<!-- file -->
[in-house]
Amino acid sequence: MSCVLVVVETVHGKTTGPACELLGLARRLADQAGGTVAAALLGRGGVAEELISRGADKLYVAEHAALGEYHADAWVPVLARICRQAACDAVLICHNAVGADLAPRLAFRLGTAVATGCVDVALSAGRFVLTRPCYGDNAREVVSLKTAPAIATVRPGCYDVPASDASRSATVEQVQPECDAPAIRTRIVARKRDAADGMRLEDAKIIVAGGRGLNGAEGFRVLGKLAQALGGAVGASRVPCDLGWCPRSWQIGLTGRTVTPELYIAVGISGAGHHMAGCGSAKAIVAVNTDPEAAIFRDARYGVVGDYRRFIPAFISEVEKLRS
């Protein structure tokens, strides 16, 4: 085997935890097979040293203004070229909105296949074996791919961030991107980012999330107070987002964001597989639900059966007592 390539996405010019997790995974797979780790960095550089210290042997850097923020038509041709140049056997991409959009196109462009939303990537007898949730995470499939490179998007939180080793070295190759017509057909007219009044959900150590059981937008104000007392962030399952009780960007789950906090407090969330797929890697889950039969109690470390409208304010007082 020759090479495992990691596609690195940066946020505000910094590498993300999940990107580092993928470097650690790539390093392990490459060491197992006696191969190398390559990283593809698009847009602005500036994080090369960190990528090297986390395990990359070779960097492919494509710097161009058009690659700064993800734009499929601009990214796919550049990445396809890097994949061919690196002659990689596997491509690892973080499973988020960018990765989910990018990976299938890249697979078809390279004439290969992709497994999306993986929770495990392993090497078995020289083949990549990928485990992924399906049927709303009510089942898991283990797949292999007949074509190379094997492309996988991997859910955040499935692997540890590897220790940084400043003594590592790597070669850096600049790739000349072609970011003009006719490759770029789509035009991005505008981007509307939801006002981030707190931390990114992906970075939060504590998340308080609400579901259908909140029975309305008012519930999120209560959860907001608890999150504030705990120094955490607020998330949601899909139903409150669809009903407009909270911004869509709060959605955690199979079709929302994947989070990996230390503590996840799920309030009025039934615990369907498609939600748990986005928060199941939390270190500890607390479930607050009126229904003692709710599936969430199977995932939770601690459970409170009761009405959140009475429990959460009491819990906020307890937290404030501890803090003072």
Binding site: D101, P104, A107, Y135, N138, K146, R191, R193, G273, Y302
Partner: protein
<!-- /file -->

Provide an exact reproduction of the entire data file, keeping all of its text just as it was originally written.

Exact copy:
[in-house]
Amino acid sequence: MSCVLVVVETVHGKTTGPACELLGLARRLADQAGGTVAAALLGRGGVAEELISRGADKLYVAEHAALGEYHADAWVPVLARICRQAACDAVLICHNAVGADLAPRLAFRLGTAVATGCVDVALSAGRFVLTRPCYGDNAREVVSLKTAPAIATVRPGCYDVPASDASRSATVEQVQPECDAPAIRTRIVARKRDAADGMRLEDAKIIVAGGRGLNGAEGFRVLGKLAQALGGAVGASRVPCDLGWCPRSWQIGLTGRTVTPELYIAVGISGAGHHMAGCGSAKAIVAVNTDPEAAIFRDARYGVVGDYRRFIPAFISEVEKLRS
């Protein structure tokens, strides 16, 4: 085997935890097979040293203004070229909105296949074996791919961030991107980012999330107070987002964001597989639900059966007592 390539996405010019997790995974797979780790960095550089210290042997850097923020038509041709140049056997991409959009196109462009939303990537007898949730995470499939490179998007939180080793070295190759017509057909007219009044959900150590059981937008104000007392962030399952009780960007789950906090407090969330797929890697889950039969109690470390409208304010007082 020759090479495992990691596609690195940066946020505000910094590498993300999940990107580092993928470097650690790539390093392990490459060491197992006696191969190398390559990283593809698009847009602005500036994080090369960190990528090297986390395990990359070779960097492919494509710097161009058009690659700064993800734009499929601009990214796919550049990445396809890097994949061919690196002659990689596997491509690892973080499973988020960018990765989910990018990976299938890249697979078809390279004439290969992709497994999306993986929770495990392993090497078995020289083949990549990928485990992924399906049927709303009510089942898991283990797949292999007949074509190379094997492309996988991997859910955040499935692997540890590897220790940084400043003594590592790597070669850096600049790739000349072609970011003009006719490759770029789509035009991005505008981007509307939801006002981030707190931390990114992906970075939060504590998340308080609400579901259908909140029975309305008012519930999120209560959860907001608890999150504030705990120094955490607020998330949601899909139903409150669809009903407009909270911004869509709060959605955690199979079709929302994947989070990996230390503590996840799920309030009025039934615990369907498609939600748990986005928060199941939390270190500890607390479930607050009126229904003692709710599936969430199977995932939770601690459970409170009761009405959140009475429990959460009491819990906020307890937290404030501890803090003072």
Binding site: D101, P104, A107, Y135, N138, K146, R191, R193, G273, Y302
Partner: protein